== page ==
Most Russians see food embargo as appropriate response to Western sanctions - poll

A growing number of Russians have noticed a change in food store merchandise under the impact of the food embargo enforced.

A growing number of Russians have noticed a change in food store merchandise under the impact of the food embargo enforced in August 2014, sociologists have said.

According to the Romir research holding, the percentage of Russians who have paid attention to the disappearance of some or many customary foods has grown from 21% in September 2014 to 43% now. Some 37% said only a few familiar brand names were gone, and 6% said they could not find most customary food products. The share of those who did not notice any change in brand names is down, from 79% in September 2014 to 58% now.

Thirty-nine percent of Russians regretted a decline in the quality of food over the same period. Fifty-two percent disagreed and said that quality had been unchanged, and 9% claimed an improvement.

The holding polled 1,500 respondents older than 18 in villages, towns and cities in all federal districts.

The alternation of merchandise was mostly mentioned by residents of big cities (60%) and well-to-do Russians (54%).

According to sociologists, 71% of respondents backed the food embargo one way or another as an appropriate response to the Western sanctions against Russia, and 21% raised objections.

Eleven percent of the food embargo opponents think that this embargo fosters corruption and criminal schemes which bring forbidden food to Russia, and 10% called the embargo harmful for average customers - prices are growing and quality is deteriorating.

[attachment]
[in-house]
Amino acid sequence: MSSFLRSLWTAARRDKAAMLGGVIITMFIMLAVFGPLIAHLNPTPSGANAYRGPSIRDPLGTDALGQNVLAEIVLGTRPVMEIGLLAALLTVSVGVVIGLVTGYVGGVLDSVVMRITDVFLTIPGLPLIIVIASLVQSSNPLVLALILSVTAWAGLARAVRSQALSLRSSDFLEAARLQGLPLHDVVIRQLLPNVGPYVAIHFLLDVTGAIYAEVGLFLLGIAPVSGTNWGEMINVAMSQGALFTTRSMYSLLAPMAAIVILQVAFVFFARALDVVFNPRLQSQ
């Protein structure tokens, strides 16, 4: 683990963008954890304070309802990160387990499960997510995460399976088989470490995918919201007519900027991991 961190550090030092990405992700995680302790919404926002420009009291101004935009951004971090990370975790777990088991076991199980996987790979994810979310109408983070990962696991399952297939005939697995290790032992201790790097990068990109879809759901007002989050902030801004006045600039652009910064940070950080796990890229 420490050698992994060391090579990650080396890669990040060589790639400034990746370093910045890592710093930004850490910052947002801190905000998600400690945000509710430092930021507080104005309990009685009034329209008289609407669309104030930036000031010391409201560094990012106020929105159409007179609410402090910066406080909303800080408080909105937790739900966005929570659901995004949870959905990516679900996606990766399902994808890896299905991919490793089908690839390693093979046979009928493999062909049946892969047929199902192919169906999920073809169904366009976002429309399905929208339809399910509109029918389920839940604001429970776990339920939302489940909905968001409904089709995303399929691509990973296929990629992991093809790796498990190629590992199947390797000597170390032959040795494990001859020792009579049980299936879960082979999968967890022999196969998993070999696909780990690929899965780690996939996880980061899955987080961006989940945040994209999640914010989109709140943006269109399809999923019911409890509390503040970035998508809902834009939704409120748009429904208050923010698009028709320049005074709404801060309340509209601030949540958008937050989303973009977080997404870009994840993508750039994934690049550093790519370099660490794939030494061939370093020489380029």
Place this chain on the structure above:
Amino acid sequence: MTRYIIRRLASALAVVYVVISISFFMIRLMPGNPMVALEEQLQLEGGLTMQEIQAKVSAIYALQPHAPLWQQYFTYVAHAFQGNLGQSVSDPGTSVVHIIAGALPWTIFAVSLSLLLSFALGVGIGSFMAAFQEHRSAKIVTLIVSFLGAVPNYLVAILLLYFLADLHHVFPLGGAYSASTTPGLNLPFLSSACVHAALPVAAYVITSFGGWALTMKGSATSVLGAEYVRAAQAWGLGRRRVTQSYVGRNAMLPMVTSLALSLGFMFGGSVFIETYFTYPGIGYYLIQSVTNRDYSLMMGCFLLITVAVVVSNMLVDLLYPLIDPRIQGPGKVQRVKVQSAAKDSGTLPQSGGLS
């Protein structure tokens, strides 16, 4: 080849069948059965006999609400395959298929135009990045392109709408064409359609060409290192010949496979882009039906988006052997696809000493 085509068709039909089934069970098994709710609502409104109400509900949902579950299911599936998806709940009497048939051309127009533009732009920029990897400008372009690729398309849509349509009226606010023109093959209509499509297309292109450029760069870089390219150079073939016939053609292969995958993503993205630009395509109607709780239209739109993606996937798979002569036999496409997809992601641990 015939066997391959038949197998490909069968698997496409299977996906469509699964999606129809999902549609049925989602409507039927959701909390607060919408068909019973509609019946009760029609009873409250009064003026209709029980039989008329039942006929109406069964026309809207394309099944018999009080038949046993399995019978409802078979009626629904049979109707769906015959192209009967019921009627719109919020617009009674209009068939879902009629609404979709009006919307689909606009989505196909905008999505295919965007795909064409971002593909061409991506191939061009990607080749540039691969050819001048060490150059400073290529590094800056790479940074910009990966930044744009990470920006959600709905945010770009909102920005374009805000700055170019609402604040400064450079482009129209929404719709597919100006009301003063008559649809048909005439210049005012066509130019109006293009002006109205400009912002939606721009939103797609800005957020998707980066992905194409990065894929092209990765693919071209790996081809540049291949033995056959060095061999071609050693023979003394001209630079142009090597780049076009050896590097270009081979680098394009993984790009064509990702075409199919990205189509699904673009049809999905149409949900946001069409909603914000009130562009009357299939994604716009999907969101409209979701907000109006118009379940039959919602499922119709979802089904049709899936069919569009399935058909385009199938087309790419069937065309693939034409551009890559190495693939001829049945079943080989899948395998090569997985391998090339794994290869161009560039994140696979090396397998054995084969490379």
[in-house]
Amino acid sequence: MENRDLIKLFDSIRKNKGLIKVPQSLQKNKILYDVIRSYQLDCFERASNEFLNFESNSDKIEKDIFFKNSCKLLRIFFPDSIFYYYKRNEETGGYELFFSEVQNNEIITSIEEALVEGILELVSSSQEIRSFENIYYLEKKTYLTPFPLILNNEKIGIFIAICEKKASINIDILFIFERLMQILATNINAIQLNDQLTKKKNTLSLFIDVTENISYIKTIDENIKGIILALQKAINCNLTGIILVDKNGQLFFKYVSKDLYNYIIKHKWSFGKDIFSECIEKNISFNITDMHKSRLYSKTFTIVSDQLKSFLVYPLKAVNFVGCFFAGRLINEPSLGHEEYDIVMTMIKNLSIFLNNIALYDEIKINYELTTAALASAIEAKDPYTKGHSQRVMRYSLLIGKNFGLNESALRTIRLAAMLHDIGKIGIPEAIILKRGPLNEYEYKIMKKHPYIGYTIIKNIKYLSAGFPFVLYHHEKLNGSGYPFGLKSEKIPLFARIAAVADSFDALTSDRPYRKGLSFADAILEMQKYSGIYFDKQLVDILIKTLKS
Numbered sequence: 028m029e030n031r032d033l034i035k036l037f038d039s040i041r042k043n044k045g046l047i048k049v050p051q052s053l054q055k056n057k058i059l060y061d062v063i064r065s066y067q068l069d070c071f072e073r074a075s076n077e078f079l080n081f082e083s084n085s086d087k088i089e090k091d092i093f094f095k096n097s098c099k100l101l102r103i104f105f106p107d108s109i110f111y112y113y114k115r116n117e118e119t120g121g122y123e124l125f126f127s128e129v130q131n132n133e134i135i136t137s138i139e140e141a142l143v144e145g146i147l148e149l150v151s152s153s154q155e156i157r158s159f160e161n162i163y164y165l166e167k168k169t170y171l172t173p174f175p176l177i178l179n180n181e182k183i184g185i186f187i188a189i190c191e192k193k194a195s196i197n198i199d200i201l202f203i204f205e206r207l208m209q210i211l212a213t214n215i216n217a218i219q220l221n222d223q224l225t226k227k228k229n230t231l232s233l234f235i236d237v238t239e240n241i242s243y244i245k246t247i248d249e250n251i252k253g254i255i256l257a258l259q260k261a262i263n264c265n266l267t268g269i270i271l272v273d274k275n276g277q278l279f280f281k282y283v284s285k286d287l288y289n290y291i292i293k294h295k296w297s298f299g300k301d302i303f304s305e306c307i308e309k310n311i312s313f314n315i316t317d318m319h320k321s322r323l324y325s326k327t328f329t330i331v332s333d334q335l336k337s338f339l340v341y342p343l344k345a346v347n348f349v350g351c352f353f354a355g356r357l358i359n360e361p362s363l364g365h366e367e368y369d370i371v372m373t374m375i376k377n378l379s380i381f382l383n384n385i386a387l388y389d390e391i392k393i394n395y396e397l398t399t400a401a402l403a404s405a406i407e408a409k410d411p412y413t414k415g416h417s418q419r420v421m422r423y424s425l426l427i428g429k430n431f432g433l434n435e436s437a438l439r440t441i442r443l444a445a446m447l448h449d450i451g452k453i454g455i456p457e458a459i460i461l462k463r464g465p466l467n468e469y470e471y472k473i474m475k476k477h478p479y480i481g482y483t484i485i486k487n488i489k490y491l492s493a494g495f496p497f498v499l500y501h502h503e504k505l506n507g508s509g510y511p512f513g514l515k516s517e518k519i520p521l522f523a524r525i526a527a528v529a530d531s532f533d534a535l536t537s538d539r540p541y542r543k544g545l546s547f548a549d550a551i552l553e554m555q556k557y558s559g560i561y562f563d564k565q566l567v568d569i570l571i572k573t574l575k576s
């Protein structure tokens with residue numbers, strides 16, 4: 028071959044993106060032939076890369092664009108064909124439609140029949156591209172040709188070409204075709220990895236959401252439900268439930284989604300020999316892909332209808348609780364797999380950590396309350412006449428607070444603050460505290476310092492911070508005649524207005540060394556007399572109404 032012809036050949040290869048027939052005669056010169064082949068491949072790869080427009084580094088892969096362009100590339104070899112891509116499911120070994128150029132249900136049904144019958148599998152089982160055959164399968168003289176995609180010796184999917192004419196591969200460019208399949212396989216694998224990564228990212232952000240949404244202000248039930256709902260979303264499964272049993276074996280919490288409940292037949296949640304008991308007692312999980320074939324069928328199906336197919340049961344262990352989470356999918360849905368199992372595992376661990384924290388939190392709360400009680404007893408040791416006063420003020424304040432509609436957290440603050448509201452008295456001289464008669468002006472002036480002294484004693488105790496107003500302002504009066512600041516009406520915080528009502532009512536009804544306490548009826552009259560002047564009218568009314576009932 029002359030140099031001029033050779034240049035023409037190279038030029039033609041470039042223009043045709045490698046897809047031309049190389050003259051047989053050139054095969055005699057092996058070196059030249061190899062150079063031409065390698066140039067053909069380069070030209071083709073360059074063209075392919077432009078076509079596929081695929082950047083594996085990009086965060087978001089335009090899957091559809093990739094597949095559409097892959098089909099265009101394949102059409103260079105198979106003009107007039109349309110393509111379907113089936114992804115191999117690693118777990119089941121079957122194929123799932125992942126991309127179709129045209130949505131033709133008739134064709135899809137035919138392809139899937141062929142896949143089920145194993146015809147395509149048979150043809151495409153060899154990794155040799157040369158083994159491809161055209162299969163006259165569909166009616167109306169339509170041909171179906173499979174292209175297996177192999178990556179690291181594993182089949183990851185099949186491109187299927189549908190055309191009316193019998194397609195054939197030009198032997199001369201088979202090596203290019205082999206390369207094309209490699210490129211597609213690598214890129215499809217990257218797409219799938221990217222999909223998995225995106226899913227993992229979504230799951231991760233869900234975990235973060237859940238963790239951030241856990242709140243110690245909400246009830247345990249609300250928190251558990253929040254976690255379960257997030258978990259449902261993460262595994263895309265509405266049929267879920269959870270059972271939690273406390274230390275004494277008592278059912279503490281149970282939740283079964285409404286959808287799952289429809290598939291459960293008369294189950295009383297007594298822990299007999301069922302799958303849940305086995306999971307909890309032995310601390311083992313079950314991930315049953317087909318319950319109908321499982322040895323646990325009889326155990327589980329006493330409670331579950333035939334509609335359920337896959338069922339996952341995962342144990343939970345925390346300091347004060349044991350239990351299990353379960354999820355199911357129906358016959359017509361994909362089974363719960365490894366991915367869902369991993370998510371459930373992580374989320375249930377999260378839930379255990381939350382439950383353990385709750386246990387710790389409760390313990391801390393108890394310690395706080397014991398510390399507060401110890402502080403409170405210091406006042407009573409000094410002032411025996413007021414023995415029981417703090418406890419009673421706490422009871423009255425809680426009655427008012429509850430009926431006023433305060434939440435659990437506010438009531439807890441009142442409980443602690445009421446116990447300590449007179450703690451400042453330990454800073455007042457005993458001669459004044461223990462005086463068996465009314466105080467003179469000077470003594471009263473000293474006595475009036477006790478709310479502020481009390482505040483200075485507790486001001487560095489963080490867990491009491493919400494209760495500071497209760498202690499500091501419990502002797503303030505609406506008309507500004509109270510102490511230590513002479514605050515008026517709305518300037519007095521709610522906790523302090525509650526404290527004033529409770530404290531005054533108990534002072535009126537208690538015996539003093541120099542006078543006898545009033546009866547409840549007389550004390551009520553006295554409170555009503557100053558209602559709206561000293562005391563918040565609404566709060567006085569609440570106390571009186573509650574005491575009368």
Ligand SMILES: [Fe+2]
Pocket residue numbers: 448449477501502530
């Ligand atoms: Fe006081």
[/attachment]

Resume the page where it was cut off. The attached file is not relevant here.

As to the personal impact of the food embargo, 57% of respondents said they did not notice any, because they were not buying imported food and delicacies before. A third (35%) said that some of the customary brand names were gone but that they easily found a replacement.

Eight percent claimed substantial damage. Six percent of Russians found it difficult to substitute the missing brands, and two percent said they stopped eating some foods because they could not find a replacement.

Russia imposed the embargo on imports of agricultural products, raw materials and food from countries which had joined the anti-Russian sanctions on August 7, 2014. The ban applied to imports of beef, pork, fruit and vegetables, poultry, fish, cheese, milk and dairy products manufactured in EU member countries, the United States, Australia, Canada and Norway.

The food embargo was extended for one year on June 24, 2015, from August 6, 2015, till August 5, 2016.

The Russian authorities explained the food embargo via the EU and U.S. sanctions on a number of Russian banks providing loans to local farmers.

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